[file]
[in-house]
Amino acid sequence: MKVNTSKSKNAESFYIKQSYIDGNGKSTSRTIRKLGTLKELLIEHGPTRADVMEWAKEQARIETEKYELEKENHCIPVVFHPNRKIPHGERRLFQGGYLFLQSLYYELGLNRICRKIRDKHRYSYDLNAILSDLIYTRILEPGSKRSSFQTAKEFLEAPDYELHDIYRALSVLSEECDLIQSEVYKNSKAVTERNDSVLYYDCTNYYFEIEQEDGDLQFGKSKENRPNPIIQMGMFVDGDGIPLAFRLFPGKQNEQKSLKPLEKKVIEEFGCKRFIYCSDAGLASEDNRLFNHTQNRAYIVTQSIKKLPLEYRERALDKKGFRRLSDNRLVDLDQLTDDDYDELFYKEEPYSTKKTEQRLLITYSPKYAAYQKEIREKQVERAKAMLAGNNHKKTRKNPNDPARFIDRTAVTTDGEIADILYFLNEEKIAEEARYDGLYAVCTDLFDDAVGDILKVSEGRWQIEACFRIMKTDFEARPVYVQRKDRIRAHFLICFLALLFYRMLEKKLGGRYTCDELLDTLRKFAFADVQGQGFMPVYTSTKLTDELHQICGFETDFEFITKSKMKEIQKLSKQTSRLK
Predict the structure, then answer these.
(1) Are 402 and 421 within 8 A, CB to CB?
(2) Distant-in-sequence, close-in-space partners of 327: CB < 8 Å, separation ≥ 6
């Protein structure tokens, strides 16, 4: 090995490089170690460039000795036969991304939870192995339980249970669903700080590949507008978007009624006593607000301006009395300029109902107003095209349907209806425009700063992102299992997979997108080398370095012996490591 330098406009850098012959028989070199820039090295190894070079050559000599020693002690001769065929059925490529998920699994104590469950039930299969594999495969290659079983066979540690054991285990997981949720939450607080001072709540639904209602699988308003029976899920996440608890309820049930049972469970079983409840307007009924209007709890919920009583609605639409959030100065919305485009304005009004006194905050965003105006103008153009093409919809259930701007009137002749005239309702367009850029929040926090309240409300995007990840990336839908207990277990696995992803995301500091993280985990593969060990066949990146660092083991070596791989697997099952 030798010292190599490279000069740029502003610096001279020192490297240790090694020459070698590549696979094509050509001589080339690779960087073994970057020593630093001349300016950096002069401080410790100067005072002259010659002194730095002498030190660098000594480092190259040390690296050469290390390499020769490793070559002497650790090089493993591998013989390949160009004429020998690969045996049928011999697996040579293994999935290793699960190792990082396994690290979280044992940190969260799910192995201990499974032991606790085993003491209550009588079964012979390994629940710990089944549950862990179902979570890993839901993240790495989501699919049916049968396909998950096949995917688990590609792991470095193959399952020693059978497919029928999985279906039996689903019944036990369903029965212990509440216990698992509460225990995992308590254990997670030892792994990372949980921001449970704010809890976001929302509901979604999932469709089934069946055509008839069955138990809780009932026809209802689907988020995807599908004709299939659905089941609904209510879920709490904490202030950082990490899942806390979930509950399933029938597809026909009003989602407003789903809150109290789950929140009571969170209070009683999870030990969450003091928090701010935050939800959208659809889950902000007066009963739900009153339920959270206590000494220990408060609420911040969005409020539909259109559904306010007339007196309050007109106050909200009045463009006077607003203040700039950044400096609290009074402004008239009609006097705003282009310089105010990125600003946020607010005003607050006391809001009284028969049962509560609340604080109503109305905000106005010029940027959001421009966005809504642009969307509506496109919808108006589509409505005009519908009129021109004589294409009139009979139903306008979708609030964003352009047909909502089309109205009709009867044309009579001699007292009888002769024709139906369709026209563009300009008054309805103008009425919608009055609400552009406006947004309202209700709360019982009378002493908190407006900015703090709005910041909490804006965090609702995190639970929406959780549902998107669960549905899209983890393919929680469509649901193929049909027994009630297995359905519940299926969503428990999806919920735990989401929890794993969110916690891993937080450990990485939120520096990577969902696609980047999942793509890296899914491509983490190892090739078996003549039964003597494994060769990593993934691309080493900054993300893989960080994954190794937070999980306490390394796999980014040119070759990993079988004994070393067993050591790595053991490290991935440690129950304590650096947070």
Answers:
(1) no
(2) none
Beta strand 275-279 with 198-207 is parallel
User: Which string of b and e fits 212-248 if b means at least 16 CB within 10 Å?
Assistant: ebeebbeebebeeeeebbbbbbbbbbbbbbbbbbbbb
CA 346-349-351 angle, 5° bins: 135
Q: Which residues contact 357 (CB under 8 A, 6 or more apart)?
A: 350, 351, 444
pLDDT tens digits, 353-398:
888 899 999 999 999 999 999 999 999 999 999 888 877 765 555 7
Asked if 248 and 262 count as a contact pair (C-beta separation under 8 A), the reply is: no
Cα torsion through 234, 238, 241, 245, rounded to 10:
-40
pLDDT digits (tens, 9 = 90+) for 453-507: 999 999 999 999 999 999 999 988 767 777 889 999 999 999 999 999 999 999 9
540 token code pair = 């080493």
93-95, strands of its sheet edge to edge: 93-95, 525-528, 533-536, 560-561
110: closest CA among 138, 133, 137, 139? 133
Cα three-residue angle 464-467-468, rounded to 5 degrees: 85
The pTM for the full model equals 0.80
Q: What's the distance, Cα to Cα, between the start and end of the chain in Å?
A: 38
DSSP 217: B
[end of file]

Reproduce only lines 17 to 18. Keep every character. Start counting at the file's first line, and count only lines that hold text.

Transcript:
888 899 999 999 999 999 999 999 999 999 999 888 877 765 555 7
Asked if 248 and 262 count as a contact pair (C-beta separation under 8 A), the reply is: no